Share this post


Link to post
Share on other sites

I have only a few -- suribachi, benriner, and ginger grater. But one more is my favorite -- a little bamboo "brush" that cleans all the ginger pulp off the grater. It's saved me so much time and aggravation!

Share this post


Link to post
Share on other sites

Until a few years ago, my wife and I used to rinse empty milk cartons well with water, cut them open, dry, and bring them to the supermarket for recycling, like any other respectable member of society :biggrin: . Then, one day, we suddenly realized how precious and useful these cartons could be. From that day on, we have never brought them to the supermarket for recycling.

We use an open, flat carton to cut fish, meat, and oily aburaage instead of the cutting board. After use, we just dispose of it.

On rare occasions when we have to dispose of used oil, we pour it into an un-cut carton, seal the top with gum tape, and dispose of the carton and all.

What do you do with your empty milk cartons? And how about other items that are supposed to be recycled, such as PET bottles?

Share this post


Link to post
Share on other sites

I am a very bad person and recycle almost nothing.... :shock:

take a look at this site:

http://www.mc-club.com/make/index.html

click on any of the 3 go buttons for some ideas of what they can be used for.

On tv I have seen people use them for things such as baking cakes, as ice cube trays and as containers to freeze food.


Kristin Wagner, aka "torakris"

 

Share this post


Link to post
Share on other sites

the suribachi (mortar) and surigoki (pestle)

gallery_6134_91_1104105289.jpg


Kristin Wagner, aka "torakris"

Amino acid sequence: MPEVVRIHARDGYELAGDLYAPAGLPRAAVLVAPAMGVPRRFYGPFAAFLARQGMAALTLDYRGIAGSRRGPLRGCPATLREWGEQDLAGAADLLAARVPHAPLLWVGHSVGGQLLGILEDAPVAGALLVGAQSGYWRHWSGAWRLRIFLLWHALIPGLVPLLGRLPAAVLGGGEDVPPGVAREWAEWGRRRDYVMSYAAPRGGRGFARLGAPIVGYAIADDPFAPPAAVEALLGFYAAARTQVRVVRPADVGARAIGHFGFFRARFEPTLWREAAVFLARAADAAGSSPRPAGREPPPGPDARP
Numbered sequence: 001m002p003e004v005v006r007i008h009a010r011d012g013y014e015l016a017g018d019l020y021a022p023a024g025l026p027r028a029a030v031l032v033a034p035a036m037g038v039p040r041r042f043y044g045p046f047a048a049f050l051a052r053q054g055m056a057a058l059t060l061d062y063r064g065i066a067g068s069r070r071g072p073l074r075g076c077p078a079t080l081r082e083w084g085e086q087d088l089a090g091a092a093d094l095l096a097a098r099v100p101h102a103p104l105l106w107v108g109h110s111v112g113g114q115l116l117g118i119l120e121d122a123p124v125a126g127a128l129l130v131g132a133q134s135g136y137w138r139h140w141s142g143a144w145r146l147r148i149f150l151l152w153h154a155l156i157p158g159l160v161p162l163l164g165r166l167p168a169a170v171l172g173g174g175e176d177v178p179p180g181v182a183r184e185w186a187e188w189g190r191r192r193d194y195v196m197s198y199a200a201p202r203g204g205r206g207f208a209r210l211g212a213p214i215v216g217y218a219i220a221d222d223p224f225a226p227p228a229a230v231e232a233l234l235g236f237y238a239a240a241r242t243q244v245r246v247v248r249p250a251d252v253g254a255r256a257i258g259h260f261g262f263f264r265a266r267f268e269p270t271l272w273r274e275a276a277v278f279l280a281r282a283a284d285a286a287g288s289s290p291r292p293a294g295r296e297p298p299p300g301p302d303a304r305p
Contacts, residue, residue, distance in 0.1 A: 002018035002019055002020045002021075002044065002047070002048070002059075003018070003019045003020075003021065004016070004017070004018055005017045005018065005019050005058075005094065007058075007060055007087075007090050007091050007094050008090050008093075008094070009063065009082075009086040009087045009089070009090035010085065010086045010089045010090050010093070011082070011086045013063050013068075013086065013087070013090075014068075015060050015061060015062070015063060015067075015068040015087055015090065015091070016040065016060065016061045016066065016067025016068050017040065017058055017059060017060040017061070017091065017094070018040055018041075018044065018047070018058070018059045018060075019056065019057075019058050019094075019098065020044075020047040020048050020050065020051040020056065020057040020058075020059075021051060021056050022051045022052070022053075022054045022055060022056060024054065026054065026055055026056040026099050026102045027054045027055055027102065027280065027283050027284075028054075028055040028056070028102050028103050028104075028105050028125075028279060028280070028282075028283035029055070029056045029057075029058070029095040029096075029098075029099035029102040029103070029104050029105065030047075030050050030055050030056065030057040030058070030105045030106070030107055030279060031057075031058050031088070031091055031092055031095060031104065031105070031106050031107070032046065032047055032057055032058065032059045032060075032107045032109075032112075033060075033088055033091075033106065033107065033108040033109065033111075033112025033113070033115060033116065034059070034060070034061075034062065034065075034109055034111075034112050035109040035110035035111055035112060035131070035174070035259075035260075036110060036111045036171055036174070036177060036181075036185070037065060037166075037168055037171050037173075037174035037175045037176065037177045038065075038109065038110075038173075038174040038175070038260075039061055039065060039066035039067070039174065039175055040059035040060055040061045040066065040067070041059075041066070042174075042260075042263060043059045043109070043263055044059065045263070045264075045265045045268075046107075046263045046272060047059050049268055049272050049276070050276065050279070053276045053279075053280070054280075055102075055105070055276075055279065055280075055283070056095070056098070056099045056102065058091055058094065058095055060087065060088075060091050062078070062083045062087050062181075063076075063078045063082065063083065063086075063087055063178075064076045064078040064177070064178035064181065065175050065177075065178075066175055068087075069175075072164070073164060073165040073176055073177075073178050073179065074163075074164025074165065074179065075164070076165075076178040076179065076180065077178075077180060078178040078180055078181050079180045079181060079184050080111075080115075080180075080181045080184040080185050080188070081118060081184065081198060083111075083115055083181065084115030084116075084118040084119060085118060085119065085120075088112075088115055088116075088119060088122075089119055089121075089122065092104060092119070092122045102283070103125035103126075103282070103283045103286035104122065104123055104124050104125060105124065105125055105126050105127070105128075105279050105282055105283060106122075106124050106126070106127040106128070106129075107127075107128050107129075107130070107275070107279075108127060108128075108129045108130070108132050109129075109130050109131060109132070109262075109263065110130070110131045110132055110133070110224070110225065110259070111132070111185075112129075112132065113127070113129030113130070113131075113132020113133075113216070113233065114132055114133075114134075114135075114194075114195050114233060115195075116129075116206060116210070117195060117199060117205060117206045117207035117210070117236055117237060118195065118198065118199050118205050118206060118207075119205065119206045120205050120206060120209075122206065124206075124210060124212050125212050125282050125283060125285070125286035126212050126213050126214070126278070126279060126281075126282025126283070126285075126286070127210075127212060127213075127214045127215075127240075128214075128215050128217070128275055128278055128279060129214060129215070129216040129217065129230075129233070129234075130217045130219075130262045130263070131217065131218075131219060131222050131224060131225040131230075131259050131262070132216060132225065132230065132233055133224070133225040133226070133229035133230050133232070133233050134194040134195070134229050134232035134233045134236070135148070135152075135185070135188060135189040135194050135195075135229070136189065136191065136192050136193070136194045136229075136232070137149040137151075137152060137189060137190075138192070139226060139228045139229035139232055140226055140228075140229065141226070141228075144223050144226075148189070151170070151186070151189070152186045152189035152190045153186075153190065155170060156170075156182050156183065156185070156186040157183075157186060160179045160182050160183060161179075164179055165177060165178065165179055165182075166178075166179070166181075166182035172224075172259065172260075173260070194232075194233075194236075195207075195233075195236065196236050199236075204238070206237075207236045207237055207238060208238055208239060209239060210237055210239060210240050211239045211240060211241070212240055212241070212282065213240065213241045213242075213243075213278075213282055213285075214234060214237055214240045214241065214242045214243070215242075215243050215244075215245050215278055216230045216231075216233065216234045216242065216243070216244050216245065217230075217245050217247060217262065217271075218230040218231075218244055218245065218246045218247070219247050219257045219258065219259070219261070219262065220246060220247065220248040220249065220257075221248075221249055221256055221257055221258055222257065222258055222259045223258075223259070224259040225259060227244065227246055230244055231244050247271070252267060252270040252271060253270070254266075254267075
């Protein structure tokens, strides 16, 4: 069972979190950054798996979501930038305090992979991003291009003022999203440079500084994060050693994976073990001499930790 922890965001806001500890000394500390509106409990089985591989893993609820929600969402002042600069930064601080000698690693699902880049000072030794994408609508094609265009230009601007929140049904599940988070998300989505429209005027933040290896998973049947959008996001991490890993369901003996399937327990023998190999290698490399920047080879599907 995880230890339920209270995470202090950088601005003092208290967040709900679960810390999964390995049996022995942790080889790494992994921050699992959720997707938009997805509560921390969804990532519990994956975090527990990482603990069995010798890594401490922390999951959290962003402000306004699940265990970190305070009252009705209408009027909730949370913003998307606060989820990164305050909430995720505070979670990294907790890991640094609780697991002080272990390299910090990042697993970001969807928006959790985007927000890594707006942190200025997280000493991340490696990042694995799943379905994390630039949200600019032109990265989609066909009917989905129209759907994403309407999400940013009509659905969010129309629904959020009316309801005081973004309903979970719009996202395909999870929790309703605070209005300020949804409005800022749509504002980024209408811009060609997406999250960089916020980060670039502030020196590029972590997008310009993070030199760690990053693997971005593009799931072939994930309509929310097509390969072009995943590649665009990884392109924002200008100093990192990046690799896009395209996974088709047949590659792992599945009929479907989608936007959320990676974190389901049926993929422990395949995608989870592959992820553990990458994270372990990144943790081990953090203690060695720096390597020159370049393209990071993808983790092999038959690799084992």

Share this post


Link to post
Share on other sites

some more gadgets

this is my Japanese blender, called a ミキサー (mikisaa) in Japanese, it has a special attachment for making kakigori (Japanese shaved ice) anda spice mill for grinding spices/sesame seeds/etc.

gallery_6134_91_1104107509.jpg

One of my two 漬物器 tsukemonoki (pickle press)

gallery_6134_91_1104107530.jpg

and my 巻き簀 まきす makisu (bamboo sushi mat) and a press for making hosomaki (thin sushi rolls), I bought tis press for the kids, but it hasn't been used yet...

gallery_6134_91_1104107550.jpg


Kristin Wagner, aka "torakris"

 

Share this post


Link to post
Share on other sites

My O-cha Mill !!!

I just got this for Christmas....It works pretty good. It requires high-grade tea (no stems), and makes it into a fine powder you can use for Matcha.

Here I am planning to make Matcha and I will eat my Melty kiss with it (green tea and sweets :biggrin: )

gallery_24165_402_1104534329.jpg

Share this post


Link to post
Share on other sites
My O-cha Mill !!!

I just got this for Christmas....It works pretty good.  It requires high-grade tea (no stems), and makes it into a fine powder you can use for Matcha.